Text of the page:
Skip to main content

Featured Post

Ladakh - Planning The Trip

Over 2000 Km by road, in around 10 days. Stunning landscapes, wonderful people. That sums up our Ladakh trip. But how did it actually work? How did we make it happen? Read on to find out!  Leh, the capital of Ladakh , is accessible by air and road. Flying into Leh is the easiest, and time-saving option, while the road is the time consuming one, but with the added advantage of driving past some of the most beautiful landscapes in our country. Each option has much to recommend it, and we chose the road for just one reason – altitude sickness. Altitude sickness was one of my biggest concerns, since I suffer from motion-sickness. Yes, I do travel a lot, but that is despite my condition, and, over the years, have learnt how to handle it. I struggled with it when we visited Nathu-La in Sikkim, and wondered if I would be able to manage a week at the even higher altitudes that we would encounter in Ladakh. This was the reason we stuck to a basic plan, of only 9 days in Ladakh, though we

Karthikai -2009 - A variety of lamps


With the advent of Karthikai, out come the old brass lamps, some of which are family heirlooms…. At our place, we still prefer using the clay lamps, simply ‘cause they look so beautiful, and we can leave them outside without any fear of them being carried away!!! However, our neighbours regularly take out their special brass lamps, and I decided to capture some of the interesting types of lamps on my camera…..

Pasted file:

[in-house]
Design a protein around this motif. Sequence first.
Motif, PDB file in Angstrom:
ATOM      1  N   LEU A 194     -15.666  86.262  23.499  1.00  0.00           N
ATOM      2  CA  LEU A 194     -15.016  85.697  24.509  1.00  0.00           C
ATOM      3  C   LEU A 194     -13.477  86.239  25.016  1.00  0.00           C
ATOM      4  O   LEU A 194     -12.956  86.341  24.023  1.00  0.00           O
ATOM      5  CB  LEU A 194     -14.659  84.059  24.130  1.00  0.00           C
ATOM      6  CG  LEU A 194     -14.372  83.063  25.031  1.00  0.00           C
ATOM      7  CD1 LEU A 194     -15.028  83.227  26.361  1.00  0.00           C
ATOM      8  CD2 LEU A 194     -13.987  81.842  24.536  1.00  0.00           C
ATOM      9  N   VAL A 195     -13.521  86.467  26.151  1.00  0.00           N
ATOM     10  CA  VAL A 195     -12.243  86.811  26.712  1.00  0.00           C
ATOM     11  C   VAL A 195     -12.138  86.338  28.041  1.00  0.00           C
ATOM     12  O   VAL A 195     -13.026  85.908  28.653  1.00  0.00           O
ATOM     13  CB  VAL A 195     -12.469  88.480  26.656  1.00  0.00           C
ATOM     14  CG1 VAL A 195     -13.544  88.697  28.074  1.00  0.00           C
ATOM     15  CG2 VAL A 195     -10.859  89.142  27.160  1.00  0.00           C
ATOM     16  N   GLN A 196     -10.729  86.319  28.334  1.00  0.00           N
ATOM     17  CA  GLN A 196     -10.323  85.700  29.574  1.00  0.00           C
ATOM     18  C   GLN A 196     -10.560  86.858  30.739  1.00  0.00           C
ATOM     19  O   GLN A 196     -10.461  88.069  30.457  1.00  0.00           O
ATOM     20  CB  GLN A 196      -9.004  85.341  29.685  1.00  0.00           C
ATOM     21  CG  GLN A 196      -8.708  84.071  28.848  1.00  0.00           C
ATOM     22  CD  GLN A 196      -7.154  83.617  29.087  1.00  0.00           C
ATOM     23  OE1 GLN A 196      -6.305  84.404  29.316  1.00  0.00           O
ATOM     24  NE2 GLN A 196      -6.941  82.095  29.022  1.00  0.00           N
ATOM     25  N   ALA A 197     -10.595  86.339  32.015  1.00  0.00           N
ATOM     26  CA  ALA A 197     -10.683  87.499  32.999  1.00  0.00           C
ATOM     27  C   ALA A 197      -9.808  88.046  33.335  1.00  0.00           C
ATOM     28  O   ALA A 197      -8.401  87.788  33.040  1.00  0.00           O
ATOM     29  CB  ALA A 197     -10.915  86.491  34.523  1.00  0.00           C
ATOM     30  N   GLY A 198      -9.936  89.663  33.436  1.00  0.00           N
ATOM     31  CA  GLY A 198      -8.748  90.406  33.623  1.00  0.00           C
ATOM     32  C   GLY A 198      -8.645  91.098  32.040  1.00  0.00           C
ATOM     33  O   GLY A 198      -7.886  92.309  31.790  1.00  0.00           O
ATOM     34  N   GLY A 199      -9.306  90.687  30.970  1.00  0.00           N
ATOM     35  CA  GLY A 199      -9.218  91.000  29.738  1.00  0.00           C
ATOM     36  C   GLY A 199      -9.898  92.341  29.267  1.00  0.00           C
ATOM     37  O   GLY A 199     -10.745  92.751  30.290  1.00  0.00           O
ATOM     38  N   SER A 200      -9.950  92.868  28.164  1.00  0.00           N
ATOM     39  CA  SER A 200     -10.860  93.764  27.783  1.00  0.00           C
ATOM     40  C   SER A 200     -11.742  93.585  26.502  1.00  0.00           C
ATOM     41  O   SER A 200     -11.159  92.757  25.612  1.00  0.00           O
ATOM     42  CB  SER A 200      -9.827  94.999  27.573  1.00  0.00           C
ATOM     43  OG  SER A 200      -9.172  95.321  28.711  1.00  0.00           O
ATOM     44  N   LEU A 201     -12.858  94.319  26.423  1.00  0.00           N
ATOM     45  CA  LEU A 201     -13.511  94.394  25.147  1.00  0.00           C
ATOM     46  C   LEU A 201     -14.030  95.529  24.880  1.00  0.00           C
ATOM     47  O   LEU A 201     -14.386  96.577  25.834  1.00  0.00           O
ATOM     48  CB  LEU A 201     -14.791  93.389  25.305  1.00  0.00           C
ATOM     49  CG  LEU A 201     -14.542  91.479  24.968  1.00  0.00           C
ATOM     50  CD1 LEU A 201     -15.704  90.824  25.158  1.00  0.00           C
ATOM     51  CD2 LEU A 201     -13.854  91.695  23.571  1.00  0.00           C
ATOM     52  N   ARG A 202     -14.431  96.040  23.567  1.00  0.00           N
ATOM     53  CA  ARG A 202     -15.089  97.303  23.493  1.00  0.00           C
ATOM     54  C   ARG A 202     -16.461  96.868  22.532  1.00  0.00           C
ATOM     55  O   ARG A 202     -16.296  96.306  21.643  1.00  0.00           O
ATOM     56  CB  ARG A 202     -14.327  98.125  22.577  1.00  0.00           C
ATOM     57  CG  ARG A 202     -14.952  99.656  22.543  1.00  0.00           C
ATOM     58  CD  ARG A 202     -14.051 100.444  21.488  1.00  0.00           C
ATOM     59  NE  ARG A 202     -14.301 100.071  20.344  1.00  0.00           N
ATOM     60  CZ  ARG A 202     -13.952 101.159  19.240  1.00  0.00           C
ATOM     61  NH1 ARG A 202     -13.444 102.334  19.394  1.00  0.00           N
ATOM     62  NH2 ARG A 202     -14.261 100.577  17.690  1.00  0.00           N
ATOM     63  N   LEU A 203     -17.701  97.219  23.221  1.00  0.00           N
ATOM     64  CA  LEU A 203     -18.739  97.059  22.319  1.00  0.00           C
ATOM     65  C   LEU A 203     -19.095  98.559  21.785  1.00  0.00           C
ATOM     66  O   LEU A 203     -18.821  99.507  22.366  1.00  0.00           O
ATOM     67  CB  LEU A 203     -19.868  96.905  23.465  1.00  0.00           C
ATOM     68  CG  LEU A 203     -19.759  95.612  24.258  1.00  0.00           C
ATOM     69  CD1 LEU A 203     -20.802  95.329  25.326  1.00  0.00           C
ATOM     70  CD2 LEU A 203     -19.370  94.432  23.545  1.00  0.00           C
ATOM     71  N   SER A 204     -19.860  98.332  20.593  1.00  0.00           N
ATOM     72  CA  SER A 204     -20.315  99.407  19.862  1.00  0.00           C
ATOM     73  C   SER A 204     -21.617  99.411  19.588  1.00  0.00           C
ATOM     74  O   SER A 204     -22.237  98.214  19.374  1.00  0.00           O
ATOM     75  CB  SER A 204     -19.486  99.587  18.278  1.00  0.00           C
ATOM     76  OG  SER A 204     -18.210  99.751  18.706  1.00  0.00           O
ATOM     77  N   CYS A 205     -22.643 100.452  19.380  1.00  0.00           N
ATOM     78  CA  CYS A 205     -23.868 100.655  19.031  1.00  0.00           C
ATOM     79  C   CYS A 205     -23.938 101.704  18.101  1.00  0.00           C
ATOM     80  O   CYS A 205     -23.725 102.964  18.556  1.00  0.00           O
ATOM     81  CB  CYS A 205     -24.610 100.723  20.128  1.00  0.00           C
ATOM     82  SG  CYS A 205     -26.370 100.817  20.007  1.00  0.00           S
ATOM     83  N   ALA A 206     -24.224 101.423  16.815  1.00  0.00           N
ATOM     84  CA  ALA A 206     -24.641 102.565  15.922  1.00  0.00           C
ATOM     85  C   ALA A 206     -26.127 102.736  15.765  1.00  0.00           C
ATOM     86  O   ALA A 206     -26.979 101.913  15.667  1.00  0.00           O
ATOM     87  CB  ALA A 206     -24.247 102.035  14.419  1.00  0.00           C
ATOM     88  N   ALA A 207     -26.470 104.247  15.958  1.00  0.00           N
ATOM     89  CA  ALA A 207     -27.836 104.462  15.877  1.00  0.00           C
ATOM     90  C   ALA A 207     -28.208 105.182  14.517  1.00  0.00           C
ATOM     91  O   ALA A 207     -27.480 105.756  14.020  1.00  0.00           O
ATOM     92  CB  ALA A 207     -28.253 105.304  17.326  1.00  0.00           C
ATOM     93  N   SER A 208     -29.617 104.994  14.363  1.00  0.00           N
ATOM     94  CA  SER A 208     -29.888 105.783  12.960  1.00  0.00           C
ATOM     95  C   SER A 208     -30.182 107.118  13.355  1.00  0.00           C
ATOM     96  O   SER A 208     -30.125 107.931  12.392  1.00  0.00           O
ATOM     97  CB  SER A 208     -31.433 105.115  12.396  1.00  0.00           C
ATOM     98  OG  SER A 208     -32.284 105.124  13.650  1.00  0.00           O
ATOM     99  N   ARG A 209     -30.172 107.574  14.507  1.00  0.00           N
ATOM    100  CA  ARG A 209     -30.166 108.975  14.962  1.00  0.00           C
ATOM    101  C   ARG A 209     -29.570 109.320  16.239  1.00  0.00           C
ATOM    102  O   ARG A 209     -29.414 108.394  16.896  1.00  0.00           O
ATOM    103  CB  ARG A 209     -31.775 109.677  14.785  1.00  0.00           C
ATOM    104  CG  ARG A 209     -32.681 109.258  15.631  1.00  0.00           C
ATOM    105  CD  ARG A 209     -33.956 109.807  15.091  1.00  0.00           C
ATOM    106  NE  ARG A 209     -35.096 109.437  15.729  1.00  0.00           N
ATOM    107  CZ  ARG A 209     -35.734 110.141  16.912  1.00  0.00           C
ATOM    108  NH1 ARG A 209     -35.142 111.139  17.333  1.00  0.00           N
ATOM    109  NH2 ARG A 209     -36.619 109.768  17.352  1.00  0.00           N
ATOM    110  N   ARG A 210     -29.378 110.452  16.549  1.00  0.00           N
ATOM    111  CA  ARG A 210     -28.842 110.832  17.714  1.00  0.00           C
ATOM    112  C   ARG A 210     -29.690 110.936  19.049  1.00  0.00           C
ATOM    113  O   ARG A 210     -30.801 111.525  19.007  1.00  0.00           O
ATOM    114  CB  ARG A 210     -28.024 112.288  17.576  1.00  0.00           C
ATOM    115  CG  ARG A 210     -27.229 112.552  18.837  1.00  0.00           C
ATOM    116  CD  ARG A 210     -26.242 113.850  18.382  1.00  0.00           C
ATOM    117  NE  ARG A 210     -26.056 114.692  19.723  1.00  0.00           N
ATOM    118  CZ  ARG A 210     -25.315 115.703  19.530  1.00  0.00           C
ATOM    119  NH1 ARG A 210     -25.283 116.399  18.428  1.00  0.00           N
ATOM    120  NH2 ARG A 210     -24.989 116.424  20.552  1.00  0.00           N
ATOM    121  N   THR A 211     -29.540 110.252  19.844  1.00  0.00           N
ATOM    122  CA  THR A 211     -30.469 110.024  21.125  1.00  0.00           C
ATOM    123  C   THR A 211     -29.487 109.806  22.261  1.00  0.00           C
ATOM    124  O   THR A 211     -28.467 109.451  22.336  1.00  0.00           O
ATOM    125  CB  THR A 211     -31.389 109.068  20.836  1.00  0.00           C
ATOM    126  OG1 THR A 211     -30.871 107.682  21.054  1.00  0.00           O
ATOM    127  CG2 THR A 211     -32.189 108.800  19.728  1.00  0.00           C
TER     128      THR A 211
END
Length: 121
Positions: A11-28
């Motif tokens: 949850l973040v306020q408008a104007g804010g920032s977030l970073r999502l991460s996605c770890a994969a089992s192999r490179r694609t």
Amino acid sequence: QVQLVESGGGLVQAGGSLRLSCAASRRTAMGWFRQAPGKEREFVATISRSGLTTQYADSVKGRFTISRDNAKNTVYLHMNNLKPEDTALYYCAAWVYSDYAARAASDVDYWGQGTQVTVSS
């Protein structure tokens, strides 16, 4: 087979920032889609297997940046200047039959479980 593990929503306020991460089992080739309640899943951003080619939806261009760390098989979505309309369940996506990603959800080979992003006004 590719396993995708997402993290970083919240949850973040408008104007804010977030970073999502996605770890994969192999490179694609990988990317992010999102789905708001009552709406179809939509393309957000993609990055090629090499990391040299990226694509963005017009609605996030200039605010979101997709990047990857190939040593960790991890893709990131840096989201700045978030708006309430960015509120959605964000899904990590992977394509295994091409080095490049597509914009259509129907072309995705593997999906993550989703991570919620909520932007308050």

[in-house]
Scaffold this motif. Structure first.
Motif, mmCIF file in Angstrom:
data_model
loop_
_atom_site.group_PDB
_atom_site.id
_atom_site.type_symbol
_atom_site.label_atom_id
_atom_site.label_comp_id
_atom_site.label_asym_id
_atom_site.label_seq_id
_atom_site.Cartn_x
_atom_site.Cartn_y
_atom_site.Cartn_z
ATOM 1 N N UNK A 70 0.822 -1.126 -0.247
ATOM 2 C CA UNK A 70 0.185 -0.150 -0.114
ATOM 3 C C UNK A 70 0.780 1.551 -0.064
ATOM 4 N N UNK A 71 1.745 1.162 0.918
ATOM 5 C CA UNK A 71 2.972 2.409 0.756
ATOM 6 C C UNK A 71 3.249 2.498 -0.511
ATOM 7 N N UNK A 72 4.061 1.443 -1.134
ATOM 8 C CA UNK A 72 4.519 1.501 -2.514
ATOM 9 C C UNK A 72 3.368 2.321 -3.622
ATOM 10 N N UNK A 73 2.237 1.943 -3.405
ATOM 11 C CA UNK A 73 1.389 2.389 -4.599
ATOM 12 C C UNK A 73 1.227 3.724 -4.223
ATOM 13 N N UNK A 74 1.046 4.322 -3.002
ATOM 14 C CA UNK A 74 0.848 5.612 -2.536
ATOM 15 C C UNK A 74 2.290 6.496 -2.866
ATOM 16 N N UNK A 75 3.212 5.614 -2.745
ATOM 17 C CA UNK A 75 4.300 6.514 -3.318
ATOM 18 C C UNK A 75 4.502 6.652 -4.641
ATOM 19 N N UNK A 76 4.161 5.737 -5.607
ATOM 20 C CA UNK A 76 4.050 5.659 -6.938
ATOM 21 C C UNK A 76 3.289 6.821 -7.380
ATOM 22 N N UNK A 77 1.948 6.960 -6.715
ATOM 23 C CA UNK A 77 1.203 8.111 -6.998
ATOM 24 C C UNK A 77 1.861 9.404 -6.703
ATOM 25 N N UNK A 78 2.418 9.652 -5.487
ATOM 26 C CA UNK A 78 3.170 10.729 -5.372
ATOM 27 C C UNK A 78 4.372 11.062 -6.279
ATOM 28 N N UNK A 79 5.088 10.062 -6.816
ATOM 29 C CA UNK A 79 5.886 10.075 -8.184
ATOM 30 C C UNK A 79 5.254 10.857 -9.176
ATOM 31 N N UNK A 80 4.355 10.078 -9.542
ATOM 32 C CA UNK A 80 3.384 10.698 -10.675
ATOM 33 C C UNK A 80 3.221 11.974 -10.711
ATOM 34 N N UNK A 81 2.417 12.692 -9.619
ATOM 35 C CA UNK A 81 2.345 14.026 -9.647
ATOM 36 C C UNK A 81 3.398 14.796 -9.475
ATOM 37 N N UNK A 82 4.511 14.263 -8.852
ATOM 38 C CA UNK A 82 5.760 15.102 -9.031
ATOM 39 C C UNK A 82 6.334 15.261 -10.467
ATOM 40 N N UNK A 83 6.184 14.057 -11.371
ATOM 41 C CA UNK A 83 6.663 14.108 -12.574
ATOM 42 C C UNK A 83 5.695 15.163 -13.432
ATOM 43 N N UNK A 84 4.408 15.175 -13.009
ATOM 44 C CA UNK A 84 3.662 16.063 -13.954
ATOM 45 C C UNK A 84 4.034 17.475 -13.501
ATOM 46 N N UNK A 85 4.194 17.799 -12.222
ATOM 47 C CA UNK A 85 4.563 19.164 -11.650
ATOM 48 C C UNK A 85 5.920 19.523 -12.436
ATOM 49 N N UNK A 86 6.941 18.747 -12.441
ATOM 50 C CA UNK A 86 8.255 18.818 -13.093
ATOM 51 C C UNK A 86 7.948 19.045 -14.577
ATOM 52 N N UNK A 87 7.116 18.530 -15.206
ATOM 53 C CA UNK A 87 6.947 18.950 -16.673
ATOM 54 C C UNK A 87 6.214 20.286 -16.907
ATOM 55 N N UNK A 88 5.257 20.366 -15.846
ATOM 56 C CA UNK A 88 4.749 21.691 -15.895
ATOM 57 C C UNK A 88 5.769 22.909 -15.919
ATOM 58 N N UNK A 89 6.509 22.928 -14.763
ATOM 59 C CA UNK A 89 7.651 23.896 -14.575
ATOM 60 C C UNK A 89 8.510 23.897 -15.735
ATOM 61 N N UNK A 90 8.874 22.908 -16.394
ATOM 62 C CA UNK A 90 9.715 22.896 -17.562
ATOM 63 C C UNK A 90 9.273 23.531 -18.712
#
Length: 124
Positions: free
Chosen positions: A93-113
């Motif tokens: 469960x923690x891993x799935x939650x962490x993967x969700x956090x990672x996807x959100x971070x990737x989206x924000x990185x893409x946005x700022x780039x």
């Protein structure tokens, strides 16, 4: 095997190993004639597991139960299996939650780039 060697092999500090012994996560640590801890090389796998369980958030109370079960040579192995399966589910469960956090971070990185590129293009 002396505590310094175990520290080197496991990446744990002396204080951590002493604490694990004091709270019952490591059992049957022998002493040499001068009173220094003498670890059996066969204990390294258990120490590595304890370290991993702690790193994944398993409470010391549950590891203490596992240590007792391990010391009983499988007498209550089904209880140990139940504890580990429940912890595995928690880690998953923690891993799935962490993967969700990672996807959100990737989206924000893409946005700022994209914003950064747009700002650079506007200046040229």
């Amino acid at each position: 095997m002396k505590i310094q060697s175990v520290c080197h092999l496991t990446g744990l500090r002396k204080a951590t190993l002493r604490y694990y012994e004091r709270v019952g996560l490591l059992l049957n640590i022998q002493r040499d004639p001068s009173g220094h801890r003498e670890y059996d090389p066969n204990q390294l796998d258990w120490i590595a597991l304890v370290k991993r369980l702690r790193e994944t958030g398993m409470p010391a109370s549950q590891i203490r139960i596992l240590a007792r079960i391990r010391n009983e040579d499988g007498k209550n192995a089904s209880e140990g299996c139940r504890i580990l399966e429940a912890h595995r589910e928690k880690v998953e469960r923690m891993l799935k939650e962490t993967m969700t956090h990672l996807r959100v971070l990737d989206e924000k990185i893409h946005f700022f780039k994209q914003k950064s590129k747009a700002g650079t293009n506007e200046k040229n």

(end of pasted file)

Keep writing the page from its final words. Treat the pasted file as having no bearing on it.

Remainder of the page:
This is the typical Kerala type of lamp…. surrounded by the smaller lamps which are unique to Karthikai.




Here is an assortment of lamps, the central one being the typical Kuttu Vilakku, a lamp all of us Tamilians possess.




Around it is the Kamakshi Vilakku, which has an image of the goddess Kamakshi behind the area where the flame is lit. But the most interesting of the lot is this one……..





This is called the ‘Aikya Vilakku’ (Aikyam – meaning attainment). The lamp is so-called since it is a representation of the trinity – the base representing Brahma, and the upright part representing a Shiva Lingam, with the Namam (the three vertical lines) representing Vishnu.


Here’s another interesting lamp from another neighbour’s house – this one is a different shape with the top bulging out – apparently, this part can be opened and filled with oil so that it trickles down to replenish the stock of oil near the flame, and the lamp burns for a much longer time!




An interesting assortment of lamps, aren’t they?? I am sure there are many more such interesting lamps from all over India….. And I am trying to collect information about them. if you know of any, please do send me a mail, or leave a comment on this post.



Comments

  1. Nice and informative...If I get to any lamps in my database will surely get u know

    ReplyDelete
  2. It is people with interest who would notice it. To me unless pointed out, all of them would have looked the same, which is a pity.

    Lovely lamps.

    ReplyDelete
  3. Nice collection and I learnt a good deal about couple of lamps :) Great! nd I voted for u already :)

    ReplyDelete
  4. @ Tarun : thanks a lot!!! lets see if i get hold of a lot more pics of lamps, maybe i can do another detailed post on them!!!

    @ Mridula : lamps have always interested me.... before i got married, i used to spend hours putting the rangoli and getting the lamps ready.. used to even draw the rangolis like the different lamps..... now theres no time for all that....